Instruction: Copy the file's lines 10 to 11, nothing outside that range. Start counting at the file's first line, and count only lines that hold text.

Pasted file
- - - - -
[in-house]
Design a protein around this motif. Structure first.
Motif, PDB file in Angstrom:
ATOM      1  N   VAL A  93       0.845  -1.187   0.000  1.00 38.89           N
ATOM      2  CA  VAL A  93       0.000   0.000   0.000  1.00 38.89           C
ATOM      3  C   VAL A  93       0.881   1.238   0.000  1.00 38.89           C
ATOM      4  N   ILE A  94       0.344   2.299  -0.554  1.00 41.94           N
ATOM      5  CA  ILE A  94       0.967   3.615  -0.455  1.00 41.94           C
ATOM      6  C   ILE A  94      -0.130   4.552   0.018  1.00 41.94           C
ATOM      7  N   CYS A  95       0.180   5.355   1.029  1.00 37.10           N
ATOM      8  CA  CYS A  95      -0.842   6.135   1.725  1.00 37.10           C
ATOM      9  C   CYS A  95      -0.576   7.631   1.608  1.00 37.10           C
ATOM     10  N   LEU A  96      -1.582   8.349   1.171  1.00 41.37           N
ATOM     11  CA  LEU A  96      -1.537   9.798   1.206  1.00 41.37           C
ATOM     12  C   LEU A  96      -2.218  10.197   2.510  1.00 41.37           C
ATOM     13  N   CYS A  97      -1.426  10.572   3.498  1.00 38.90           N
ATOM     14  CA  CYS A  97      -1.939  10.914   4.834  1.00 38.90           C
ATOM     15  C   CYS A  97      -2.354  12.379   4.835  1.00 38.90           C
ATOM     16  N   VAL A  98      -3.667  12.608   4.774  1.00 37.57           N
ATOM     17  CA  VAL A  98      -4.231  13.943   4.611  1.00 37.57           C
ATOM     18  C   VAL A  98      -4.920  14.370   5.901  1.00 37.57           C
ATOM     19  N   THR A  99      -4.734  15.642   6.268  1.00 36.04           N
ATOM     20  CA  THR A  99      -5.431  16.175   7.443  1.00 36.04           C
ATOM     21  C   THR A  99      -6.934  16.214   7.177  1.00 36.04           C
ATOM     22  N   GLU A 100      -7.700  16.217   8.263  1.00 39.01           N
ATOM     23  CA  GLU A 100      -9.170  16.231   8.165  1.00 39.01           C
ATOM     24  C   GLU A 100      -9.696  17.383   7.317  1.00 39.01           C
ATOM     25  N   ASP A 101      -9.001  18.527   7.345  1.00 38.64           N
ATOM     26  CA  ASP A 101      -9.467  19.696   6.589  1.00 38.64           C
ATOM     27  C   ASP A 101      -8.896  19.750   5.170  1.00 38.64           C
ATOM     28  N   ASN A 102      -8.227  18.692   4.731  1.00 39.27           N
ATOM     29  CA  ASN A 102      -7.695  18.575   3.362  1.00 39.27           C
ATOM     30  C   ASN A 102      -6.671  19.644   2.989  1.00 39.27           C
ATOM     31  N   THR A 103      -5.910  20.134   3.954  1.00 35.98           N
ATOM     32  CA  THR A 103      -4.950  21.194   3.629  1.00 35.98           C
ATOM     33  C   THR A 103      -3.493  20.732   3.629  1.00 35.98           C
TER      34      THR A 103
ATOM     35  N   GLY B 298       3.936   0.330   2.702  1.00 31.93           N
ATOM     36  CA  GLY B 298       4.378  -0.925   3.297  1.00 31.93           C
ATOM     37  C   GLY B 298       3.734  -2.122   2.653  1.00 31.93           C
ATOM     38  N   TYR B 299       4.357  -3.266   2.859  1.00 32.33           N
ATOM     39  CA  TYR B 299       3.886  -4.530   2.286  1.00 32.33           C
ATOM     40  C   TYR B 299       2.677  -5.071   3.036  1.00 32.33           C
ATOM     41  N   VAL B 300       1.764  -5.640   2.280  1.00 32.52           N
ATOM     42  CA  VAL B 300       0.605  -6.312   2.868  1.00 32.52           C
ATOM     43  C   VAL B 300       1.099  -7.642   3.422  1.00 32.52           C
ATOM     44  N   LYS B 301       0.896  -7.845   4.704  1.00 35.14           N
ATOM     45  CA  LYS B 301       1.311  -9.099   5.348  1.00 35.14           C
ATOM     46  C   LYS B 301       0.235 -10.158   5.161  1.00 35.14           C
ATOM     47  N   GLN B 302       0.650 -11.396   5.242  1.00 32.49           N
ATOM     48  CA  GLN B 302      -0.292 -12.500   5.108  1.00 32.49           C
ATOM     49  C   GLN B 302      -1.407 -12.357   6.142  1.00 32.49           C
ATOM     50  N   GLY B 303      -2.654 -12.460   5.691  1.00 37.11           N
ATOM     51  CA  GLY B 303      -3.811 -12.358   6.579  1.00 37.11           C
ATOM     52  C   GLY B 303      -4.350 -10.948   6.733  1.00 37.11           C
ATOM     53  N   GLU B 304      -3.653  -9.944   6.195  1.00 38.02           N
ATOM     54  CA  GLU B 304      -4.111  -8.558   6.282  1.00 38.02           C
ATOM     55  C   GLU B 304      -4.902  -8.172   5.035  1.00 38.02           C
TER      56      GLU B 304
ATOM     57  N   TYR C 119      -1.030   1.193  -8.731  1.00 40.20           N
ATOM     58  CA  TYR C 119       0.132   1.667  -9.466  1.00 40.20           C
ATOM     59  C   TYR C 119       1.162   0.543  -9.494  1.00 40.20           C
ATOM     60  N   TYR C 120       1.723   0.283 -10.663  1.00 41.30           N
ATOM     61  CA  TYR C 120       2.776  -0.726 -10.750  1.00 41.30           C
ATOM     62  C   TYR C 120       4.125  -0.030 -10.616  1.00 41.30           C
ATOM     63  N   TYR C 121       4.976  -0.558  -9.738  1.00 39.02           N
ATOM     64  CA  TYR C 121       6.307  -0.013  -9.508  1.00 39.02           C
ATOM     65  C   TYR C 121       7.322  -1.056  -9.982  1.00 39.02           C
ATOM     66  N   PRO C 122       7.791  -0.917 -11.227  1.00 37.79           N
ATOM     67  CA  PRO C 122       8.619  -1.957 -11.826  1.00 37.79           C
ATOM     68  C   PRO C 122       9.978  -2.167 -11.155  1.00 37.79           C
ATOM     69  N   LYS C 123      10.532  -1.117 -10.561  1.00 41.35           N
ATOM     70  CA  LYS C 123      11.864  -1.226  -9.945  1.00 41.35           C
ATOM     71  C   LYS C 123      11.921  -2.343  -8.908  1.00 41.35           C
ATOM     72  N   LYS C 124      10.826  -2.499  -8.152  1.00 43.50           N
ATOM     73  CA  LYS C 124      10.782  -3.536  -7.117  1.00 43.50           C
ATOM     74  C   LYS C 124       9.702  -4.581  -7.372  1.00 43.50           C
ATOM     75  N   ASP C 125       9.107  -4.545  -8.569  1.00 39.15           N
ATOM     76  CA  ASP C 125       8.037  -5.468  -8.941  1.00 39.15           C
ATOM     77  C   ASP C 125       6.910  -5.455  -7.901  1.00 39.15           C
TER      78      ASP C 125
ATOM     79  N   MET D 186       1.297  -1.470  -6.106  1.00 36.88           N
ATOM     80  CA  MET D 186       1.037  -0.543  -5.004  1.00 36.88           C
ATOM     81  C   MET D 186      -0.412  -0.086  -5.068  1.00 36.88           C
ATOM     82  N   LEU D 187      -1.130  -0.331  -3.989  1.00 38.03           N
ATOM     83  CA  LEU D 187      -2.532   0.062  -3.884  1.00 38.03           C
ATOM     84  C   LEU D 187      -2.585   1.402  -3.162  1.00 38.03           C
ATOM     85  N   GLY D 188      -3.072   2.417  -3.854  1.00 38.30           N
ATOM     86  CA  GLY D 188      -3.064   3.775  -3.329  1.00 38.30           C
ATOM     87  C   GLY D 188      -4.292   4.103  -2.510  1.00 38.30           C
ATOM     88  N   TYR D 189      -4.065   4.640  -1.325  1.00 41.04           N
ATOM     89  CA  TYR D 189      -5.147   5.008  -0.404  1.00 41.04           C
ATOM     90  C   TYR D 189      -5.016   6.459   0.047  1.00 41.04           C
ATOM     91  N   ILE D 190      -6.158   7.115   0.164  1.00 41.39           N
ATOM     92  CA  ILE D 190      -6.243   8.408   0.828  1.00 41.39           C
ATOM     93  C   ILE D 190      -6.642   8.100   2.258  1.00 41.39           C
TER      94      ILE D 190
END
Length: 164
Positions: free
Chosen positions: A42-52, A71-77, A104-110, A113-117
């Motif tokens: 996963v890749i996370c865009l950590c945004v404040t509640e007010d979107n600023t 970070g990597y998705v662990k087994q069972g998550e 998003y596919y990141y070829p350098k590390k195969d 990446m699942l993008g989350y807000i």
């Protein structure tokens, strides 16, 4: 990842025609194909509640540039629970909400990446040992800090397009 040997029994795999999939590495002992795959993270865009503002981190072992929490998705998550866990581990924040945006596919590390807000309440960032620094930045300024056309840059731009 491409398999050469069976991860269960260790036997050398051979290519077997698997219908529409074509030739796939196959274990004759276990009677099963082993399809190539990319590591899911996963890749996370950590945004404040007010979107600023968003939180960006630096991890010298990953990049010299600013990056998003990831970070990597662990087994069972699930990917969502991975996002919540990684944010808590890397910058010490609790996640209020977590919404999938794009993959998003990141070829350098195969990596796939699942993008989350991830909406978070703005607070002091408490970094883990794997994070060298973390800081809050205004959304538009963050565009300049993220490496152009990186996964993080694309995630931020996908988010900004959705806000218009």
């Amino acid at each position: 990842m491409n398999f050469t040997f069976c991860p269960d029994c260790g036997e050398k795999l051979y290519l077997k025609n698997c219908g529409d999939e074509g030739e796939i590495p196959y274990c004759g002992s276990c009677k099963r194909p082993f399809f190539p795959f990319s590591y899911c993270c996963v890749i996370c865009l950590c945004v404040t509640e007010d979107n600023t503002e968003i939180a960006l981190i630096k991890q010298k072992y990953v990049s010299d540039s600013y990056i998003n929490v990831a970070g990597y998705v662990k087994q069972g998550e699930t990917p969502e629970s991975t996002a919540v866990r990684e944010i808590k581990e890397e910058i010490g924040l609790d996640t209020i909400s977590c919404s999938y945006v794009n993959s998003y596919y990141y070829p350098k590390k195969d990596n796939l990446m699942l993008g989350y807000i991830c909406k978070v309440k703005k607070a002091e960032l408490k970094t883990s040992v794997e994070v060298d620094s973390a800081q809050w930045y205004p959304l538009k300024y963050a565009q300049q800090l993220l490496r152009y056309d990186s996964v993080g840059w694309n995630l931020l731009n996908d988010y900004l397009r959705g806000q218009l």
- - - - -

ATOM      7  N   CYS A  95       0.180   5.355   1.029  1.00 37.10           N
ATOM      8  CA  CYS A  95      -0.842   6.135   1.725  1.00 37.10           C